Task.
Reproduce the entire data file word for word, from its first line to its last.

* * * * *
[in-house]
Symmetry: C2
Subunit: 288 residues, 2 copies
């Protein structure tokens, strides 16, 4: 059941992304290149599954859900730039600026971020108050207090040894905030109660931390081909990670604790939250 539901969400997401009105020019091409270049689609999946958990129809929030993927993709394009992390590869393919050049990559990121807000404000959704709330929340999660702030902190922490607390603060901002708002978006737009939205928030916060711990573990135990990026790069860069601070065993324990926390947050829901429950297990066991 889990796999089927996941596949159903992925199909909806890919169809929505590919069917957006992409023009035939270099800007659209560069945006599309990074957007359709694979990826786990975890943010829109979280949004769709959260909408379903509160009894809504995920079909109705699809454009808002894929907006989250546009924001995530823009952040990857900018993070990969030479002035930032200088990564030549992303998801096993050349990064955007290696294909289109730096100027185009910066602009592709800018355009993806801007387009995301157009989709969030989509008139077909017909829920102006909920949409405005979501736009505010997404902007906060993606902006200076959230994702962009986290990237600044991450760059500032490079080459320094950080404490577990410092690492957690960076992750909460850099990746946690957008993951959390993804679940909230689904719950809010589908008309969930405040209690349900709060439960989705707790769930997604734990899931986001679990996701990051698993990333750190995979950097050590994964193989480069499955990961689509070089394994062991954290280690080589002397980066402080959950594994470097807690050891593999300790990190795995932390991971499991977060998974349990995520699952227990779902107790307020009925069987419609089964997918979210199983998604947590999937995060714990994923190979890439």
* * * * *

[in-house]
Symmetry: C2
Subunit: 288 residues, 2 copies
């Protein structure tokens, strides 16, 4: 059941992304290149599954859900730039600026971020108050207090040894905030109660931390081909990670604790939250 539901969400997401009105020019091409270049689609999946958990129809929030993927993709394009992390590869393919050049990559990121807000404000959704709330929340999660702030902190922490607390603060901002708002978006737009939205928030916060711990573990135990990026790069860069601070065993324990926390947050829901429950297990066991 889990796999089927996941596949159903992925199909909806890919169809929505590919069917957006992409023009035939270099800007659209560069945006599309990074957007359709694979990826786990975890943010829109979280949004769709959260909408379903509160009894809504995920079909109705699809454009808002894929907006989250546009924001995530823009952040990857900018993070990969030479002035930032200088990564030549992303998801096993050349990064955007290696294909289109730096100027185009910066602009592709800018355009993806801007387009995301157009989709969030989509008139077909017909829920102006909920949409405005979501736009505010997404902007906060993606902006200076959230994702962009986290990237600044991450760059500032490079080459320094950080404490577990410092690492957690960076992750909460850099990746946690957008993951959390993804679940909230689904719950809010589908008309969930405040209690349900709060439960989705707790769930997604734990899931986001679990996701990051698993990333750190995979950097050590994964193989480069499955990961689509070089394994062991954290280690080589002397980066402080959950594994470097807690050891593999300790990190795995932390991971499991977060998974349990995520699952227990779902107790307020009925069987419609089964997918979210199983998604947590999937995060714990994923190979890439």